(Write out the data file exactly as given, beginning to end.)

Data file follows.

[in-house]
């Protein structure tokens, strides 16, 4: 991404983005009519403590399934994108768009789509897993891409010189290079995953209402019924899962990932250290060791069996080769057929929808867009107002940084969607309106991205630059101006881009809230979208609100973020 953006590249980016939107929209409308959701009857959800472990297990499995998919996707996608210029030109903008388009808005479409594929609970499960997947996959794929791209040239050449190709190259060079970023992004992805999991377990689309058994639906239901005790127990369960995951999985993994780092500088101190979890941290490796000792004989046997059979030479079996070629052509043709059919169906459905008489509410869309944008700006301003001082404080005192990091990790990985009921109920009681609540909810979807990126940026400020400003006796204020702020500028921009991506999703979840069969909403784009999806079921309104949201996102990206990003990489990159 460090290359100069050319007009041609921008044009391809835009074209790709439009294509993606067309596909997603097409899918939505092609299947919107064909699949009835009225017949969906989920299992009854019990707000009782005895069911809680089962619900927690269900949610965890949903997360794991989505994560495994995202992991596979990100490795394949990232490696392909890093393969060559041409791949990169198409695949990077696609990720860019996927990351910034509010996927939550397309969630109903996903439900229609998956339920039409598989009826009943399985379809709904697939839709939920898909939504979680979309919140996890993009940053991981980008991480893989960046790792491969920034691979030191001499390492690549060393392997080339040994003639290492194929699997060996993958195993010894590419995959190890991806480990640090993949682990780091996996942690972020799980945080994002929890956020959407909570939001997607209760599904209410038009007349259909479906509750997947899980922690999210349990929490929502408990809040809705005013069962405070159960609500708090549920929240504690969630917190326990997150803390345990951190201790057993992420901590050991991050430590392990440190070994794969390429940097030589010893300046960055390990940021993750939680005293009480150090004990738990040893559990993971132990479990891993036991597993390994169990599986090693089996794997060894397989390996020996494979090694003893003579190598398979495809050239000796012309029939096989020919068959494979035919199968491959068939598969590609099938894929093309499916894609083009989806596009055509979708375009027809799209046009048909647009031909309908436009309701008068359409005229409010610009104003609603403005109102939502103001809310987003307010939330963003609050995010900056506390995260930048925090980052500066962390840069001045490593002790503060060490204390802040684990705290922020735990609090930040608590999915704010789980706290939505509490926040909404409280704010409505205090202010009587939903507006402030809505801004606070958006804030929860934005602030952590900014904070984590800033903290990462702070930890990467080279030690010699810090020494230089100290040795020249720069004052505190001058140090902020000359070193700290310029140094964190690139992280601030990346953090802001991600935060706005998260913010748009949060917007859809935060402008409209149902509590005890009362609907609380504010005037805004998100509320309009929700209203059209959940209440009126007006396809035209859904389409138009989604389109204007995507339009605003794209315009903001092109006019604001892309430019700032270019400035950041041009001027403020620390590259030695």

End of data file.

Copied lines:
[in-house]
């Protein structure tokens, strides 16, 4: 991404983005009519403590399934994108768009789509897993891409010189290079995953209402019924899962990932250290060791069996080769057929929808867009107002940084969607309106991205630059101006881009809230979208609100973020 953006590249980016939107929209409308959701009857959800472990297990499995998919996707996608210029030109903008388009808005479409594929609970499960997947996959794929791209040239050449190709190259060079970023992004992805999991377990689309058994639906239901005790127990369960995951999985993994780092500088101190979890941290490796000792004989046997059979030479079996070629052509043709059919169906459905008489509410869309944008700006301003001082404080005192990091990790990985009921109920009681609540909810979807990126940026400020400003006796204020702020500028921009991506999703979840069969909403784009999806079921309104949201996102990206990003990489990159 460090290359100069050319007009041609921008044009391809835009074209790709439009294509993606067309596909997603097409899918939505092609299947919107064909699949009835009225017949969906989920299992009854019990707000009782005895069911809680089962619900927690269900949610965890949903997360794991989505994560495994995202992991596979990100490795394949990232490696392909890093393969060559041409791949990169198409695949990077696609990720860019996927990351910034509010996927939550397309969630109903996903439900229609998956339920039409598989009826009943399985379809709904697939839709939920898909939504979680979309919140996890993009940053991981980008991480893989960046790792491969920034691979030191001499390492690549060393392997080339040994003639290492194929699997060996993958195993010894590419995959190890991806480990640090993949682990780091996996942690972020799980945080994002929890956020959407909570939001997607209760599904209410038009007349259909479906509750997947899980922690999210349990929490929502408990809040809705005013069962405070159960609500708090549920929240504690969630917190326990997150803390345990951190201790057993992420901590050991991050430590392990440190070994794969390429940097030589010893300046960055390990940021993750939680005293009480150090004990738990040893559990993971132990479990891993036991597993390994169990599986090693089996794997060894397989390996020996494979090694003893003579190598398979495809050239000796012309029939096989020919068959494979035919199968491959068939598969590609099938894929093309499916894609083009989806596009055509979708375009027809799209046009048909647009031909309908436009309701008068359409005229409010610009104003609603403005109102939502103001809310987003307010939330963003609050995010900056506390995260930048925090980052500066962390840069001045490593002790503060060490204390802040684990705290922020735990609090930040608590999915704010789980706290939505509490926040909404409280704010409505205090202010009587939903507006402030809505801004606070958006804030929860934005602030952590900014904070984590800033903290990462702070930890990467080279030690010699810090020494230089100290040795020249720069004052505190001058140090902020000359070193700290310029140094964190690139992280601030990346953090802001991600935060706005998260913010748009949060917007859809935060402008409209149902509590005890009362609907609380504010005037805004998100509320309009929700209203059209959940209440009126007006396809035209859904389409138009989604389109204007995507339009605003794209315009903001092109006019604001892309430019700032270019400035950041041009001027403020620390590259030695």